Meet Nifty Fifty speaker Ben Dubin-Thaler.
With a refreshing measure of ingenuity, Ben Dubin-Thaler is proving that some of
the most exciting lessons in science can occur outside the classroom - in a bus.
That's the Cell Motion BioBus, a self-powered, fully-equipped mobile microscopy
lab that Ben developed and operates to bring hands-on science education
to students in New York City and other areas, especially those who lack such
resources at school.
"I grew up loving science and looking through microscopes," says Ben, the
biophysicist who founded and directs the non-profit Cell Motion Laboratories
which operates BioBus. "And now BioBus is just my way to bring the excitement I
felt as a kid to science students across New York City and the country."
The BioBus vehicle - which Ben converted from a 1974 San Francisco transit
bus he purchased off of Craigslist shortly after completing his honors Ph.D. in
biophysics more than two years ago - is designed to be a veritable environment
for scientific discovery for schoolchildren and the general public.
For one thing, the bus runs on solar and wind power (thanks to solar panels on
the roof and wind turbines in the front of the vehicle), in addition to running on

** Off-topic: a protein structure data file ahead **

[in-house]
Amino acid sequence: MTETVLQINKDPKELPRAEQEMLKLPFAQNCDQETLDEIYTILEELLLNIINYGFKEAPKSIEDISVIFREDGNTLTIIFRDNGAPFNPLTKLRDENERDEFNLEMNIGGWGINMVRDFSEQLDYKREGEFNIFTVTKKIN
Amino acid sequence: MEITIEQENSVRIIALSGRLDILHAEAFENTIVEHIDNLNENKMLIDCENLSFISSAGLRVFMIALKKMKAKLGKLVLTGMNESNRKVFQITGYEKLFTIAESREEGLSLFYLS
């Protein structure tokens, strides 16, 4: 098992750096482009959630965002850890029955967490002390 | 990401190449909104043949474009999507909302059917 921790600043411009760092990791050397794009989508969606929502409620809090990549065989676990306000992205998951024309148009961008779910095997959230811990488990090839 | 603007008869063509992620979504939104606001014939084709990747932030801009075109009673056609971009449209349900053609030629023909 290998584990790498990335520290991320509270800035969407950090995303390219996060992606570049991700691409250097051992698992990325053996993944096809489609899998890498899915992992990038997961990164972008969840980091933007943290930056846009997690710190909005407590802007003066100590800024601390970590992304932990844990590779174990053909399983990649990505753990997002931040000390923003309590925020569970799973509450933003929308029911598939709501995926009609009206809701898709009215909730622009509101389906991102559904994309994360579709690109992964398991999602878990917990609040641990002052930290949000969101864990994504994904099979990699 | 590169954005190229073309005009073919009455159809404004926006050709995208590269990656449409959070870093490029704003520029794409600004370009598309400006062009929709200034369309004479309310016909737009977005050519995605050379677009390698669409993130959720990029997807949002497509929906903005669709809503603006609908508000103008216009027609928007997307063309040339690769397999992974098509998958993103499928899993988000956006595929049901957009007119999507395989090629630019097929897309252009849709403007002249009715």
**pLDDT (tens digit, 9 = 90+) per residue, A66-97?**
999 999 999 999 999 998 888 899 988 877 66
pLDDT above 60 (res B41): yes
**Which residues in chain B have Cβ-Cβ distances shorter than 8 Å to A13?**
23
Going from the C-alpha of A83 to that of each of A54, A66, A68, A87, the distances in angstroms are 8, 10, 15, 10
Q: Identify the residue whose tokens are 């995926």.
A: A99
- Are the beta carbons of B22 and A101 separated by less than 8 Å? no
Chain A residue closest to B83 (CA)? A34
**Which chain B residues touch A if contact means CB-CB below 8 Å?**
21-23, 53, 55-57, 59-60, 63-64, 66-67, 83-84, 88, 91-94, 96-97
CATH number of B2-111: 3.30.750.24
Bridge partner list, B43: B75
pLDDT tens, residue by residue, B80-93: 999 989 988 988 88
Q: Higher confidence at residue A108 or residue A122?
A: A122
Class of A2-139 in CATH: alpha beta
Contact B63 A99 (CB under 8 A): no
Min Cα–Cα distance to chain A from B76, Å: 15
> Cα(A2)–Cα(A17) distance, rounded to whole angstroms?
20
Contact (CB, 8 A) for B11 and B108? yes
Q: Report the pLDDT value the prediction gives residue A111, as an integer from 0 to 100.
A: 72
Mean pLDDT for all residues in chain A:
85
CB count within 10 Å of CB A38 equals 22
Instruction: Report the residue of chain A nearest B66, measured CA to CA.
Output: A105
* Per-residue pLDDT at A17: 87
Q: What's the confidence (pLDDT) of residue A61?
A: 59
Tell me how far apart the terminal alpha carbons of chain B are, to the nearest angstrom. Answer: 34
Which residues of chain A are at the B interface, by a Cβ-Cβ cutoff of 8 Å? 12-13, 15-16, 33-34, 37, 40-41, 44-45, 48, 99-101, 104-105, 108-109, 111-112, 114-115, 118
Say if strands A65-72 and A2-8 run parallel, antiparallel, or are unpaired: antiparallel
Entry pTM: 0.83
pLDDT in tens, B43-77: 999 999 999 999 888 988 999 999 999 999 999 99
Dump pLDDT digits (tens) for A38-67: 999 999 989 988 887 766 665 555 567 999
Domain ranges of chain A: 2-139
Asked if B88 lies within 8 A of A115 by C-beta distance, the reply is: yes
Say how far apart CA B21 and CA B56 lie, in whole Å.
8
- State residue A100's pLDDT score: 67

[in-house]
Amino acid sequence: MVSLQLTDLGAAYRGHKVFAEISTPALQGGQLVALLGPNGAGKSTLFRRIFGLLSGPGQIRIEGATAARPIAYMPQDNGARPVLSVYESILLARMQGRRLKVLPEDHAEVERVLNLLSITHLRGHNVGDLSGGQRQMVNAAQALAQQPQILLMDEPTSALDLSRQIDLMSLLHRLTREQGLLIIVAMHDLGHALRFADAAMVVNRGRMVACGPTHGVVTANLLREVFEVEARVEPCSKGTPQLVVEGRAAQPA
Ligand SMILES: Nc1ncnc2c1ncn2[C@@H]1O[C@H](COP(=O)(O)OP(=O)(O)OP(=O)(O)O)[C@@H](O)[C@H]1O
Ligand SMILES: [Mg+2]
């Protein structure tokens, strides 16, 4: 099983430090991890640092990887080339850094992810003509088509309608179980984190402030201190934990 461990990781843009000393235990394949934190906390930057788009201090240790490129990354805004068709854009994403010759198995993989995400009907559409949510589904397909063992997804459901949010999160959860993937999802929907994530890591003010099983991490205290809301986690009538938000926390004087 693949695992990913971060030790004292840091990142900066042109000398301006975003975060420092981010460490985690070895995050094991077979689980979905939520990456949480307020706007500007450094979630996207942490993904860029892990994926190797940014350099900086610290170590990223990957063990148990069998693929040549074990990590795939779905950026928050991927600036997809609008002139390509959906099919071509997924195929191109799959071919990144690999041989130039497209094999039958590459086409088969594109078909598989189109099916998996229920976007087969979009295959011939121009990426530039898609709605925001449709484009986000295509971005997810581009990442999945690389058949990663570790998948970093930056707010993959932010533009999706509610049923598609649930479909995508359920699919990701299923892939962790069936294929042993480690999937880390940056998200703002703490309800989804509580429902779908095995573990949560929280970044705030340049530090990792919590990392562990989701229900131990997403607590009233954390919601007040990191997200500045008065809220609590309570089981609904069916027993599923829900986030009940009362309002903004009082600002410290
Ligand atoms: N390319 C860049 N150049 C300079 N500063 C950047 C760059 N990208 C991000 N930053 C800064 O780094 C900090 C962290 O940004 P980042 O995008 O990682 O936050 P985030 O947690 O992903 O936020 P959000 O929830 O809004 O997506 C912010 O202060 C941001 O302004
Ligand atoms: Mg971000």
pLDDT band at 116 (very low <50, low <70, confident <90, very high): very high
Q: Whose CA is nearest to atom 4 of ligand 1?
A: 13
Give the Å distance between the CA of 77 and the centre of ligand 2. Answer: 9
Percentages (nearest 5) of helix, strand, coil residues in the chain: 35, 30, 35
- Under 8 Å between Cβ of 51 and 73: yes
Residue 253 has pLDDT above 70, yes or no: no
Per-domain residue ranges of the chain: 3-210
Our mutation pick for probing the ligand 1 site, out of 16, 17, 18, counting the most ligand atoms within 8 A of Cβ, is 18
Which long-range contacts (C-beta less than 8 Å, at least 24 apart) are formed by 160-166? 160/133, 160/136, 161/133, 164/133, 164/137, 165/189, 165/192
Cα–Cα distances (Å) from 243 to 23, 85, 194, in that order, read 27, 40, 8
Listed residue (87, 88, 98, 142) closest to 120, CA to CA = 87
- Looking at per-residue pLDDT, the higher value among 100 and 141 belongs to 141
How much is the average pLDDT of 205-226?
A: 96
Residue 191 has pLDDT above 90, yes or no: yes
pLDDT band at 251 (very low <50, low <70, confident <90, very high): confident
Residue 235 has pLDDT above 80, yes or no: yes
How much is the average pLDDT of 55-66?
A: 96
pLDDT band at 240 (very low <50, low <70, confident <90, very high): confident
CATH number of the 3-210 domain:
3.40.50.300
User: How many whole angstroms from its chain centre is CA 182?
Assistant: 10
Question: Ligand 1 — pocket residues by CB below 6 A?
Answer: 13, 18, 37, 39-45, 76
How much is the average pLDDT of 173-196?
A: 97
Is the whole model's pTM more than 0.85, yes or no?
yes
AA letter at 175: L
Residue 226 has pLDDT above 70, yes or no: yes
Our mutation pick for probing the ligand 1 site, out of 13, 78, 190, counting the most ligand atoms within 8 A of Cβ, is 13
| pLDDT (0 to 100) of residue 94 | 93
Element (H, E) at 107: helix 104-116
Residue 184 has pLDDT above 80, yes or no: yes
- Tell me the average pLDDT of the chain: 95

waste vegetable oil (obtained from restaurants), giving students the opportunity
to learn about green technology. There is even a garden growing on top of the
To provide kids with insight into other areas of science, BioBus is also equipped
with research-grade microscopes, computers and a modern lab. In addition
to Ben and a small full-time crew, the mobile lab is staffed by scientists from
various research disciplines who volunteer their time. The bus visits more than
60 schools during the school year, bringing students exciting hands-on learning
experiences in a wide range of subjects - from biology and ecology to chemistry and materials science - through guided experiments and interaction with real-
Read more about Ben here
Watch more about the BioBus here!
Dr. Ben and the BioBus is incredible. I have seen first hand how the eyes of the kids who visit the bus just light up in amazement. It is a very special feeling to see such young kids take a genuine interest in science!
Also, I've written about this before - check it out:
My adviser started a similar project but without the eco stuff: